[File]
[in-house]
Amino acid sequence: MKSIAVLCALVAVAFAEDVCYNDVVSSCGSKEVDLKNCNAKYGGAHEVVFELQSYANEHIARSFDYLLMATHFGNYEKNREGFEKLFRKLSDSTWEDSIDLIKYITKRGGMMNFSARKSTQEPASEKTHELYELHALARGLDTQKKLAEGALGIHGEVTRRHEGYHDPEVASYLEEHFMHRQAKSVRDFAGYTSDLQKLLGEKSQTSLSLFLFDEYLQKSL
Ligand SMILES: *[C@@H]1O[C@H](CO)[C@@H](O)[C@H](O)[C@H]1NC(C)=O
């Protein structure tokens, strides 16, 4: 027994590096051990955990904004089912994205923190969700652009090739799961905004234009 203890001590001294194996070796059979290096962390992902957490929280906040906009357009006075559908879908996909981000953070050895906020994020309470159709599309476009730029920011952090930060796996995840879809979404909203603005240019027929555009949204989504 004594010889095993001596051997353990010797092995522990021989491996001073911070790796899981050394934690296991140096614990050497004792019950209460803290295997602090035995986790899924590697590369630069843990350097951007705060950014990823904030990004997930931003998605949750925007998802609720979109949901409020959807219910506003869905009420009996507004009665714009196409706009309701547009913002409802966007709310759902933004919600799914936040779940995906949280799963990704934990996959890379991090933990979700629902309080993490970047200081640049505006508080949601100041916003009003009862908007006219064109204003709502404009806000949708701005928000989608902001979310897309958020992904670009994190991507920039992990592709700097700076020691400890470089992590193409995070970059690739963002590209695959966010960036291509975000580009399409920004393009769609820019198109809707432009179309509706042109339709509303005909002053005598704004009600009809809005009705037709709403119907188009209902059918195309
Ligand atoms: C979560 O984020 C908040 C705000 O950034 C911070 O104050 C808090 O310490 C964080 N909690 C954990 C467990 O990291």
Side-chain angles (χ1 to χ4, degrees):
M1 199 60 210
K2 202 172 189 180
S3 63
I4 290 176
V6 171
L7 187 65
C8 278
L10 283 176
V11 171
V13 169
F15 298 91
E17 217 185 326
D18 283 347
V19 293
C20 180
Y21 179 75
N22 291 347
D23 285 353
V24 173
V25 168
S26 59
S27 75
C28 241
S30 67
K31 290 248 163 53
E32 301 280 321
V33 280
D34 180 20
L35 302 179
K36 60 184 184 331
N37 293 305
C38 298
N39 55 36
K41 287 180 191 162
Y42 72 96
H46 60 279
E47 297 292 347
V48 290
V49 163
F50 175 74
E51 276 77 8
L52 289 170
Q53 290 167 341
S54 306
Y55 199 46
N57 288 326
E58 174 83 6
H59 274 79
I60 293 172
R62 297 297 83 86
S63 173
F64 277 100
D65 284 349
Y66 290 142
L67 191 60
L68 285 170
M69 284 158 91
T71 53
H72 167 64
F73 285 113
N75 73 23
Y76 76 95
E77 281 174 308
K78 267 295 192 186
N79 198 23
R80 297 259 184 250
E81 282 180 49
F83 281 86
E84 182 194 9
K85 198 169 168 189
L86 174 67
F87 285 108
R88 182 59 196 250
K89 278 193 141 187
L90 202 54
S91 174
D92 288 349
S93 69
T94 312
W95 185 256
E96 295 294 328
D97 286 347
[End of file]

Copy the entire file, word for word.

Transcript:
[in-house]
Amino acid sequence: MKSIAVLCALVAVAFAEDVCYNDVVSSCGSKEVDLKNCNAKYGGAHEVVFELQSYANEHIARSFDYLLMATHFGNYEKNREGFEKLFRKLSDSTWEDSIDLIKYITKRGGMMNFSARKSTQEPASEKTHELYELHALARGLDTQKKLAEGALGIHGEVTRRHEGYHDPEVASYLEEHFMHRQAKSVRDFAGYTSDLQKLLGEKSQTSLSLFLFDEYLQKSL
Ligand SMILES: *[C@@H]1O[C@H](CO)[C@@H](O)[C@H](O)[C@H]1NC(C)=O
């Protein structure tokens, strides 16, 4: 027994590096051990955990904004089912994205923190969700652009090739799961905004234009 203890001590001294194996070796059979290096962390992902957490929280906040906009357009006075559908879908996909981000953070050895906020994020309470159709599309476009730029920011952090930060796996995840879809979404909203603005240019027929555009949204989504 004594010889095993001596051997353990010797092995522990021989491996001073911070790796899981050394934690296991140096614990050497004792019950209460803290295997602090035995986790899924590697590369630069843990350097951007705060950014990823904030990004997930931003998605949750925007998802609720979109949901409020959807219910506003869905009420009996507004009665714009196409706009309701547009913002409802966007709310759902933004919600799914936040779940995906949280799963990704934990996959890379991090933990979700629902309080993490970047200081640049505006508080949601100041916003009003009862908007006219064109204003709502404009806000949708701005928000989608902001979310897309958020992904670009994190991507920039992990592709700097700076020691400890470089992590193409995070970059690739963002590209695959966010960036291509975000580009399409920004393009769609820019198109809707432009179309509706042109339709509303005909002053005598704004009600009809809005009705037709709403119907188009209902059918195309
Ligand atoms: C979560 O984020 C908040 C705000 O950034 C911070 O104050 C808090 O310490 C964080 N909690 C954990 C467990 O990291």
Side-chain angles (χ1 to χ4, degrees):
M1 199 60 210
K2 202 172 189 180
S3 63
I4 290 176
V6 171
L7 187 65
C8 278
L10 283 176
V11 171
V13 169
F15 298 91
E17 217 185 326
D18 283 347
V19 293
C20 180
Y21 179 75
N22 291 347
D23 285 353
V24 173
V25 168
S26 59
S27 75
C28 241
S30 67
K31 290 248 163 53
E32 301 280 321
V33 280
D34 180 20
L35 302 179
K36 60 184 184 331
N37 293 305
C38 298
N39 55 36
K41 287 180 191 162
Y42 72 96
H46 60 279
E47 297 292 347
V48 290
V49 163
F50 175 74
E51 276 77 8
L52 289 170
Q53 290 167 341
S54 306
Y55 199 46
N57 288 326
E58 174 83 6
H59 274 79
I60 293 172
R62 297 297 83 86
S63 173
F64 277 100
D65 284 349
Y66 290 142
L67 191 60
L68 285 170
M69 284 158 91
T71 53
H72 167 64
F73 285 113
N75 73 23
Y76 76 95
E77 281 174 308
K78 267 295 192 186
N79 198 23
R80 297 259 184 250
E81 282 180 49
F83 281 86
E84 182 194 9
K85 198 169 168 189
L86 174 67
F87 285 108
R88 182 59 196 250
K89 278 193 141 187
L90 202 54
S91 174
D92 288 349
S93 69
T94 312
W95 185 256
E96 295 294 328
D97 286 347